At the cafe under the arcades a large windmill made of garlic has appeared in the window. Attached to it a sign in red letters saying '' Do not touch. Very fragile '. Underneath a photograph of a life sized D'Ártagnan ( of three musketeers fame ) also made out of garlic. It would seem that a travelling show of garlic sculptures is coming to town on September 6th and 7th. The windmill is just a little taster of the delights in store.
To the bakers for a raspberry tart. The baker tells me " You're lucky to have found us M'Ongoose. We're closing for our holidays for the next four weeks " . Angus thinks a four week holiday sounds a tad excessive for a baker but decides it's best not to comment .The French are very keen on holidays.
A constant amazement to us how completely different Bob and Sophie are in temperament.
If music could reflect their characters this would be Sophie. ( Skip to 5:00 )
And this undoubtedly Bob.
Written after a very agitated night when Abigail , the moustachioed village cat , came to sit on the Rickety Old Farmhouses front doorstep. Sophie's full lunged reaction to this intrusion lasted from 4.24 until 4.54 when Angus was finally despatched downstairs to 'quieten things down '.
It's rained overnight. Just enough to clear the air and settle the harvest dust. Down in the valley three new born calves cluster together under the watchful eyes of their mothers. Bob and Sophie trot past them, tails waving, en route to the sunflower fields and a long drink in the stream.
Here in the village life is slow, the sky cloudless . The post lady comes with two copies of New Republic. '' They're from America " she says jauntily while passing them over the front gate. It's as if she's surprised that people outside France should publish magazines .
In the afternoon the neighbouring farmer rings the bell . The overflow valve from our swimming pool has got stuck open and water is washing away his newly planted winter wheat. Angus promises to do something about it. Sophie dozes in the shade of a palm tree using a box hedge as a chin rest. The unchanging rhythm of life in deepest, deepest, France profonde.
Caroline, the new cleaning lady , shows up in her ancient Ford. Caroline is very little, very full of enthusiasm and a demon when it comes to cleaning. A contrast to Madame Bay's somewhat more laissez faire approach to dust and dusting.
Caroline is also a no nonsense sort of individual when it comes to dogs. Bob and Sophie are firmly ordered out of the kitchen so that she can mop the floor. After a moments hesitation Bob saunters out with an unmistakable " Blimey ! Keep your hair on " attitude. It takes Sophie a little longer to understand. The family princess sits in mute silence. A shocked ' but this is my house ' look in her eyes. A further ' mademoiselle ' and a click of the fingers and she gets the message.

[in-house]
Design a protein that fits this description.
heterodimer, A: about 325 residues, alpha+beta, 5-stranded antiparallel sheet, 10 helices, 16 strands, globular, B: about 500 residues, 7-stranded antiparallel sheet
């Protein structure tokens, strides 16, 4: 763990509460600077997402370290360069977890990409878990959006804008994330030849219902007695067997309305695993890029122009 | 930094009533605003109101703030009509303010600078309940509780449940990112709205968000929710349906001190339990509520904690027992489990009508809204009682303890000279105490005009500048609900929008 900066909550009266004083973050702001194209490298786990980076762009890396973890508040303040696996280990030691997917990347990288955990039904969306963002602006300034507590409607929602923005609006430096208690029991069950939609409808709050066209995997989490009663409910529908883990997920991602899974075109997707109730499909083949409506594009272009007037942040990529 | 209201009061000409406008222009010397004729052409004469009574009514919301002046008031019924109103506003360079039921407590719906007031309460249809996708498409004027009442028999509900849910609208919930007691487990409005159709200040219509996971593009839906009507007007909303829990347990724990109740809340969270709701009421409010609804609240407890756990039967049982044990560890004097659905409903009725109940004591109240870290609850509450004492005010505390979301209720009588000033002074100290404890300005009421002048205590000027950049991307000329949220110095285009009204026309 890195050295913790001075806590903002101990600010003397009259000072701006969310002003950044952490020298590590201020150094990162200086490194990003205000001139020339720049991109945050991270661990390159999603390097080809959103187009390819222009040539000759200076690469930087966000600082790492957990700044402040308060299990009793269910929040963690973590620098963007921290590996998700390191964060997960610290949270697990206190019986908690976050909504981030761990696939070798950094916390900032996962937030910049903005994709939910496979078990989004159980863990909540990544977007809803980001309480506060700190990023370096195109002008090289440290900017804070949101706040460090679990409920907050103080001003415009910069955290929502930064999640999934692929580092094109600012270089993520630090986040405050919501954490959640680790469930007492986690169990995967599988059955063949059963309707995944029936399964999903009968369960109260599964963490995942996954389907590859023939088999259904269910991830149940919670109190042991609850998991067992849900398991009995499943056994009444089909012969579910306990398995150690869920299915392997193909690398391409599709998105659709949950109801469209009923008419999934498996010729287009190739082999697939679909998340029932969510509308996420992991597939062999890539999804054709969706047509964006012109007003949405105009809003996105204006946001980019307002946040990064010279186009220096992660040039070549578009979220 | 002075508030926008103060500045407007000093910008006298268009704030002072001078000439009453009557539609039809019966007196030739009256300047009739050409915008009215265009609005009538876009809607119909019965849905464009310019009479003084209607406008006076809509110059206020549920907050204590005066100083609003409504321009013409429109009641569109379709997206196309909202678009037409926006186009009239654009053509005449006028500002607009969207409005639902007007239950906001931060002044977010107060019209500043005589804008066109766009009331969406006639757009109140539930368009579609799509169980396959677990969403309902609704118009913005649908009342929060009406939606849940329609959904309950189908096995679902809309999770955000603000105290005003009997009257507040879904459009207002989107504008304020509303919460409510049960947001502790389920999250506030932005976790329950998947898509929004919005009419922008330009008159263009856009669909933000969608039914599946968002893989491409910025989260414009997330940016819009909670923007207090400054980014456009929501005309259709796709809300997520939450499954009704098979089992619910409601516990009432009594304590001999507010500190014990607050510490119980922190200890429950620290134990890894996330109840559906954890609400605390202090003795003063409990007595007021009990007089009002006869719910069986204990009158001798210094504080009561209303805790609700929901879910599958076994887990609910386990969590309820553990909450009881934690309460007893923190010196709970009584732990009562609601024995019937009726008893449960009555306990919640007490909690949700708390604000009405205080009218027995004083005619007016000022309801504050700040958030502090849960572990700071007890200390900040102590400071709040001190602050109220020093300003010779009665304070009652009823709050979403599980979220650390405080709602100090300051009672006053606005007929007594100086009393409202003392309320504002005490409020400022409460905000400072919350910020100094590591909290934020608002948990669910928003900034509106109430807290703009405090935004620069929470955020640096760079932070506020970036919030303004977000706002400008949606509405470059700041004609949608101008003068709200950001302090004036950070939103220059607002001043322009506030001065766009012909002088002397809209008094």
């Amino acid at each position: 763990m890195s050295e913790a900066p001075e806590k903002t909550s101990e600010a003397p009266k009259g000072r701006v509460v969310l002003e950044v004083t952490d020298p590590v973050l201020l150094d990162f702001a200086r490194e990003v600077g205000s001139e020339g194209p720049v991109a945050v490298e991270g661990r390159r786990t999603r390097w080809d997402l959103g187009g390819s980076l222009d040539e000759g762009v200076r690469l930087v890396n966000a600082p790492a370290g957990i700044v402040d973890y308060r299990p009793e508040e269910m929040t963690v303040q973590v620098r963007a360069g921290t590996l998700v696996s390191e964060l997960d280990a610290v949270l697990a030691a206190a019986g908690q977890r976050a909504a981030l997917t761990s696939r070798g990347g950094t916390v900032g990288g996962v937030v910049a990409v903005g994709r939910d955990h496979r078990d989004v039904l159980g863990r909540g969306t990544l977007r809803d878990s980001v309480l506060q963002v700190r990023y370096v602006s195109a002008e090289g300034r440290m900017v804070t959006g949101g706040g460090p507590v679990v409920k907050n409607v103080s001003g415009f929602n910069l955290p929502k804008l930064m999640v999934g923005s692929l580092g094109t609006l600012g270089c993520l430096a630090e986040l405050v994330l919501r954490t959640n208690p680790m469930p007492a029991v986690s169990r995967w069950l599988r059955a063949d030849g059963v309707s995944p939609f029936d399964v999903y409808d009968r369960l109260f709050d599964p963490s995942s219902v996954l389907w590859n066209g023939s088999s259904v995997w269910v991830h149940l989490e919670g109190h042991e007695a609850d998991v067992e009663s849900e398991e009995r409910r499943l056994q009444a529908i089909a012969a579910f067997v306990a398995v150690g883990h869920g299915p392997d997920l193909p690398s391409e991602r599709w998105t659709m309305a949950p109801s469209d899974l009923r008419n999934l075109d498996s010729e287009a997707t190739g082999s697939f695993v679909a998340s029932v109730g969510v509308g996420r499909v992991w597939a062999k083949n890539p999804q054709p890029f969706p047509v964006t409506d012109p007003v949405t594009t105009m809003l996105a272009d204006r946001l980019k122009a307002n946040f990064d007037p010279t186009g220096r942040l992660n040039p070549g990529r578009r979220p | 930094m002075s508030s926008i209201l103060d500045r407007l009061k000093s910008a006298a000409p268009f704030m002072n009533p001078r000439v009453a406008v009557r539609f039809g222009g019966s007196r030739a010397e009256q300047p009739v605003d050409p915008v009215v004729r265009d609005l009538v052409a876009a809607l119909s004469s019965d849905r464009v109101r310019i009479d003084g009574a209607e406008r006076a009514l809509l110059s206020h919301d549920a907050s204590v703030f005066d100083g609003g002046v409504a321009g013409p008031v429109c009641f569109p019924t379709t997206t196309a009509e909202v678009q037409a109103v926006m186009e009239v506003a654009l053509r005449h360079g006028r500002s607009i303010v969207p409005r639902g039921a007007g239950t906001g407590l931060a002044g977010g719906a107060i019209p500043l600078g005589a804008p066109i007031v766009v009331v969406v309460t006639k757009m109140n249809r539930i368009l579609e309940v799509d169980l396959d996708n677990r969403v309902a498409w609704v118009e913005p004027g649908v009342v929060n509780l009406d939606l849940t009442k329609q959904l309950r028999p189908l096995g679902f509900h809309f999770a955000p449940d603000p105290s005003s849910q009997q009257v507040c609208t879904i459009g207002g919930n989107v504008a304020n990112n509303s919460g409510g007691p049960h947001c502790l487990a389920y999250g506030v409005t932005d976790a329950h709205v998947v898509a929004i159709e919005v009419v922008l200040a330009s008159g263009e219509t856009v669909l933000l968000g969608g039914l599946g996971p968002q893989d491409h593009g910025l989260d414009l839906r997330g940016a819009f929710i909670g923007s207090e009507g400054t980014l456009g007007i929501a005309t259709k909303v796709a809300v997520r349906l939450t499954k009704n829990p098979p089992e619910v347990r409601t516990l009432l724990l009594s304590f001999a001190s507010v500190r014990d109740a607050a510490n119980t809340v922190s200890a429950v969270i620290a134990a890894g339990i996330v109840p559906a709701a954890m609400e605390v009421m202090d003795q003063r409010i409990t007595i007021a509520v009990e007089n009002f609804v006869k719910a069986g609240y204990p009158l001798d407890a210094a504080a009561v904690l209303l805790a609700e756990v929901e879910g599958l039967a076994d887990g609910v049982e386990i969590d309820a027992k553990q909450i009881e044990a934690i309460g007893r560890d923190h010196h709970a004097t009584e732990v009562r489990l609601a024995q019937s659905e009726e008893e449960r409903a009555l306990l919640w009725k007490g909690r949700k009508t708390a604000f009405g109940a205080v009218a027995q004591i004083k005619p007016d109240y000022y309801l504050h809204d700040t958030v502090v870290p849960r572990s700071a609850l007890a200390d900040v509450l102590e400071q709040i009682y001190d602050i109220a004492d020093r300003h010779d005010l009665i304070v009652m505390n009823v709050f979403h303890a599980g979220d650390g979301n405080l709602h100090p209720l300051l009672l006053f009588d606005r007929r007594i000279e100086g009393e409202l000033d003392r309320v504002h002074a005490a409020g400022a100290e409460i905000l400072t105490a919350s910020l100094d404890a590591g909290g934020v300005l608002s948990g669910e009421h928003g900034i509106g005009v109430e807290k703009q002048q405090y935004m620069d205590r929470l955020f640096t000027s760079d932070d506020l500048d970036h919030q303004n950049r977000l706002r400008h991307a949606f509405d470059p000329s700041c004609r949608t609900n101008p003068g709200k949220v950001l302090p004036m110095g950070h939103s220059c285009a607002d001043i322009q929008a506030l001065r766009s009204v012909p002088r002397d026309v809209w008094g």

Drinks with the German ' supermarket ' billionaires in the chateau. An evening notable for the presence of an American woman with a ferocious peroxide perm and a studied similarity to a more mature Marilyn Monroe. She introduces herself with the words " I'm a maven of the Washington scene ". Angus mishears and thinks she's said raven. This creates some slight confusion . The gravel voiced maven calls Angus '' Doll ", as in '' Why don't you come and sit by me Doll ! ". Angus has never been called ''Doll" in his life, so this also creates some confusion. The mavens jet black eyebrows have been painted on. The right one has a sharp upwards kink at the end as though there's been a sudden earth tremor while she was applying it. Quite remarkable.
Bob heads off with 'the font' in the car. His twice a week visit to the big market town to see heavy traffic ( or as heavy as you can find in a town with a population of 3,000 ) , mingle with crowds ( ditto ) and experience all those exciting things you can't find here in the village. Sophie stays behind to patrol the sunflower fields, bark at the frogs in the pond and chase any blackbirds daft enough to wander into her line of vision.
PON purists say you shouldn't cut the hair over their eyes. We find that the pups are much happier if they can see through the blinding layers of fur that rise up and fall down in front of them. No two ways about it. They are calmer , quieter and more relaxed when they can see.
Efforts to break into the compost heap continue. Bob has excavated a large hole ( long and deep enough for him to lie flat out in ) in a corner where the barn wall meets the fence. The two great escapers are trying to dig a spur under the fence when I find them. An old stone, a large flower pot, a piece of broken chair and a surplus length of plastic fence are all installed as an interim defence. The hole is filled in.
Tonight we are invited to the German ' supermarket ' billionaires for drinks. '' We have American guests. You'll like them " says the German billionaire in annoyingly flawless and accentless English before adding " Come up through the postern gate ". Angus spends the night worrying about how we'll recognize the postern gate.
Out past the old widows house at the crossroads. Bob leading the way. Sophie following along behind. There's dew on the grass this morning. A sotto voce sign that the seasons are changing. A carpet of sunflowers stretching all the way from the top of the ridge down to the stream in the valley floor. Bob finds a dessicated vole. He briefly shows me this before swallowing it . A co-mingled look of joy and pride etched on his face . '' Didn't I do well ? "
To the morning market for some freshly made spinach and mozarella ravioli. A detour to the cheese stall. The cheese lady an old PON acquaintance. A tiny sliver of St.Nectaire met with a whimper of delight from Bob. A cube of Reblochon followed by much tongue licking. Before we leave Sophie lets out an enormous, and decidedly unladylike, belch.